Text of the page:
Giving Compass’ Take:
• K. Sabeel Rahm discusses the roots of systemic inequality in our democracy and how a holistic outlook is necessary to bring about equity.
• How can donors target underlying causes of inequality?
• Read about several lessons for fighting inequality in America.
We are facing a moment of crisis and reinvention in American democracy. But the current crisis is not limited to disagreements about ethics, corruption, executive power, or the skewing of election results. The crisis of American democracy is a deeper, more chronic one arising from systemic racial and gender exclusion, entrenched economic inequality, and technological and ecological transformations that undermine dreams of collective action and inclusive shared self-governance. Democracy has always been an aspirational ideal—one that, in practice, American politics has consistently failed to realize.
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The crisis of democracy is one of concentrated political and economic power where a small elite—from corporations to politically influential interest groups—have outsize influence on public policy and social and economic life. Reorienting democracy reform to address these power disparities represents a distinct and important shift for the social change ecosystem because it is a departure from more conventional accounts of why our democracy is failing.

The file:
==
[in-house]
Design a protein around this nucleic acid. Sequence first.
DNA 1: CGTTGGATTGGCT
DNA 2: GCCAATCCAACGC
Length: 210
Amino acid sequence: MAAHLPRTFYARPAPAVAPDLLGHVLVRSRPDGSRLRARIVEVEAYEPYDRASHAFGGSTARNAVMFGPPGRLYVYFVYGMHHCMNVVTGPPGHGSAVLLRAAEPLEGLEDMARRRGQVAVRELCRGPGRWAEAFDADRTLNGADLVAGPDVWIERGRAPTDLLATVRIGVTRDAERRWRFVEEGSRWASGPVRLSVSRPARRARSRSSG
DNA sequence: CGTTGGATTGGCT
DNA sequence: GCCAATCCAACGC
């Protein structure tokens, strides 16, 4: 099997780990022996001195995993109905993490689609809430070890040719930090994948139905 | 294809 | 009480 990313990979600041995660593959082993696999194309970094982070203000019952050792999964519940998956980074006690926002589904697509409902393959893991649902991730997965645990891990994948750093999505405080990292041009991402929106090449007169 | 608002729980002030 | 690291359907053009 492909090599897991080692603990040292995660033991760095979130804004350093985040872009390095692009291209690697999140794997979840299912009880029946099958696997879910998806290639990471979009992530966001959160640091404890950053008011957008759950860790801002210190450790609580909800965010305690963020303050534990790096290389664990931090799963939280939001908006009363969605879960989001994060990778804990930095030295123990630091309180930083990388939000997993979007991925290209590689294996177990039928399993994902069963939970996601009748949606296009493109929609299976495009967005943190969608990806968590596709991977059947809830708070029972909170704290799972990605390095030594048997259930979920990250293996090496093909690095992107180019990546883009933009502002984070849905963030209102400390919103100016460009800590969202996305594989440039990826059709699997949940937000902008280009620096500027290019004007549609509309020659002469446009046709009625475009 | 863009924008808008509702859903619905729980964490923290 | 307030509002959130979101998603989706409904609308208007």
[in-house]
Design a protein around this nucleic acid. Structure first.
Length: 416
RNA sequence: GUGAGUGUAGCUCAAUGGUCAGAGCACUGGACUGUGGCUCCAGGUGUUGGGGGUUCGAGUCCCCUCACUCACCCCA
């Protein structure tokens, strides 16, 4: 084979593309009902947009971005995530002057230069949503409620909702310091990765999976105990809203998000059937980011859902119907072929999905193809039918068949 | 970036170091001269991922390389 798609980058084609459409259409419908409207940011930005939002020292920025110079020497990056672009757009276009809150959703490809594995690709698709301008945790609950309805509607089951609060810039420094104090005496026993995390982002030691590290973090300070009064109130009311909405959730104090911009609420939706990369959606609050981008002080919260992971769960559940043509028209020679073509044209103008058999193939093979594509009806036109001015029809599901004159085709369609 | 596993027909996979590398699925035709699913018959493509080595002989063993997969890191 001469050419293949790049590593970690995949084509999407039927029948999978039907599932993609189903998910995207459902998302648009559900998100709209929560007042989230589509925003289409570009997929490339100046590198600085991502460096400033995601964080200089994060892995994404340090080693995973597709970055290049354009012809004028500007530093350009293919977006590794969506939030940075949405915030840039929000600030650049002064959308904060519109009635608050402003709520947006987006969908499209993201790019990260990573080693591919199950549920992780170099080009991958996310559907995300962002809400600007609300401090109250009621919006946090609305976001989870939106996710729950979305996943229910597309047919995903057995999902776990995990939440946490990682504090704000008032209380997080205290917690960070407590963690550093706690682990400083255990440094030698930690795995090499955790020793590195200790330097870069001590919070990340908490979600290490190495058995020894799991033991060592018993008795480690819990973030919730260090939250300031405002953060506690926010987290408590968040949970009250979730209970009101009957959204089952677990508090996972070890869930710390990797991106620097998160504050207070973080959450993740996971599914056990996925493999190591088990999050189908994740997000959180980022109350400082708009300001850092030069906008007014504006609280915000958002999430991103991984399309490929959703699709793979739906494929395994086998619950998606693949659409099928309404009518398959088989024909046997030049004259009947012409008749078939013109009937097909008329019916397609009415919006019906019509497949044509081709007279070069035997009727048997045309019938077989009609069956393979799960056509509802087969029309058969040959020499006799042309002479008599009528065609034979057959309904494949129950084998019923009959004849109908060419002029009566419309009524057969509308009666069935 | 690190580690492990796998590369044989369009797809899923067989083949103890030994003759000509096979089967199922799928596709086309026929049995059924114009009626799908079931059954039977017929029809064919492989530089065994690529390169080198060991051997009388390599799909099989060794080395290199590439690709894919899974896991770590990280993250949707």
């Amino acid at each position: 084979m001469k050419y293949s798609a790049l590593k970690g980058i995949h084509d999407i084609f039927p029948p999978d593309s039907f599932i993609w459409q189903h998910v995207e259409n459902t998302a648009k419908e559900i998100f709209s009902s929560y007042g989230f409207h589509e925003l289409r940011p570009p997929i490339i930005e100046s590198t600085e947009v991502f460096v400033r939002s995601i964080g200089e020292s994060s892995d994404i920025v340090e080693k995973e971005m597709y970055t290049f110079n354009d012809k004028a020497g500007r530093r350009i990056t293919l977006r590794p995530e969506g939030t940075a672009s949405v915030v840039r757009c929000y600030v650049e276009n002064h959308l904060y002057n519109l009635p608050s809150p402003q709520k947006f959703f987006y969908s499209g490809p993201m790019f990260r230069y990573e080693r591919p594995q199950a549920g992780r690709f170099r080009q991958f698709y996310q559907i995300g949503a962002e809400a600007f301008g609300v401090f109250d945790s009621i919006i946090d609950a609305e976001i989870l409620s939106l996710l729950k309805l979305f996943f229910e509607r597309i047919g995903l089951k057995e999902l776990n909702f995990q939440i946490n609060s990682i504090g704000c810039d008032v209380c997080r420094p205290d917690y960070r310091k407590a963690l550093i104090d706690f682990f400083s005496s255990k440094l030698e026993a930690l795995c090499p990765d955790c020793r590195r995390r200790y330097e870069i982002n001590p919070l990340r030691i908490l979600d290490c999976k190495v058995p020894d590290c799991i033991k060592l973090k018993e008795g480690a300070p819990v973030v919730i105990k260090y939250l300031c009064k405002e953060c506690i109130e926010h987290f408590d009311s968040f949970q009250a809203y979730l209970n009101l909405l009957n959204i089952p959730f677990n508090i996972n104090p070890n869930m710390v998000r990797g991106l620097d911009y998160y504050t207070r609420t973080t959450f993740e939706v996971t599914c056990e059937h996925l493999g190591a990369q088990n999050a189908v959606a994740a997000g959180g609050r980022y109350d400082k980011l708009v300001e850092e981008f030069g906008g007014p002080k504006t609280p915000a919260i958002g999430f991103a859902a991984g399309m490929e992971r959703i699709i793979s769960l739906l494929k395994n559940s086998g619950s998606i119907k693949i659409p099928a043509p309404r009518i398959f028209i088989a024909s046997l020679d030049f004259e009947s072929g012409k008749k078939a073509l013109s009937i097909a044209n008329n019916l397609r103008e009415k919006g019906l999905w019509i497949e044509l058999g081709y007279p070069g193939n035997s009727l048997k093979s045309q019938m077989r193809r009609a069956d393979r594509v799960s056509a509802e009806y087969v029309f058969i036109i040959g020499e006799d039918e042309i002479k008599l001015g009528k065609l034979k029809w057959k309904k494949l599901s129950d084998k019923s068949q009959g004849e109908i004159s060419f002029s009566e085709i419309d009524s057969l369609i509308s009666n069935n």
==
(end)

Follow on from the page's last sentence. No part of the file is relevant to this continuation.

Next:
There is a second challenge for democracy reform that stems not from the active hostility of opposing interest groups, but from the limitations of prevailing visions of social reform.
There has been no shortage of economic reforms aimed at expanding opportunity: investments in education, the promotion of credit and financial literacy, investments in job training programs, and more. But these interventions have been woefully inadequate, and economic inequality has been increasing for decades while social mobility has been declining. Similarly, “race-neutral” attempts to address racial discrimination do little to address the deep, cumulative inequities that shape everything from the physical structure of our cities to the gaps in worker protections. And “good government” reforms like greater transparency and expanded civic engagement have not been enough to rebalance inequities in political voice and power.
A structural approach to democracy reform, by contrast, would focus on eliminating these systemic drivers of our democracy crisis and building the rules, associations, and institutions we need to ensure a more equitable balance of political power and a more inclusive economy and society. This means targeting reforms to the underlying background rules of the game, rebalancing political and economic power, and dismantling systemic forms of racialized and gendered exclusion.
Read the full article about democracy and addressing deeper structural roots of power by K. Sabeel Rahman at Stanford Social Innovation Review.
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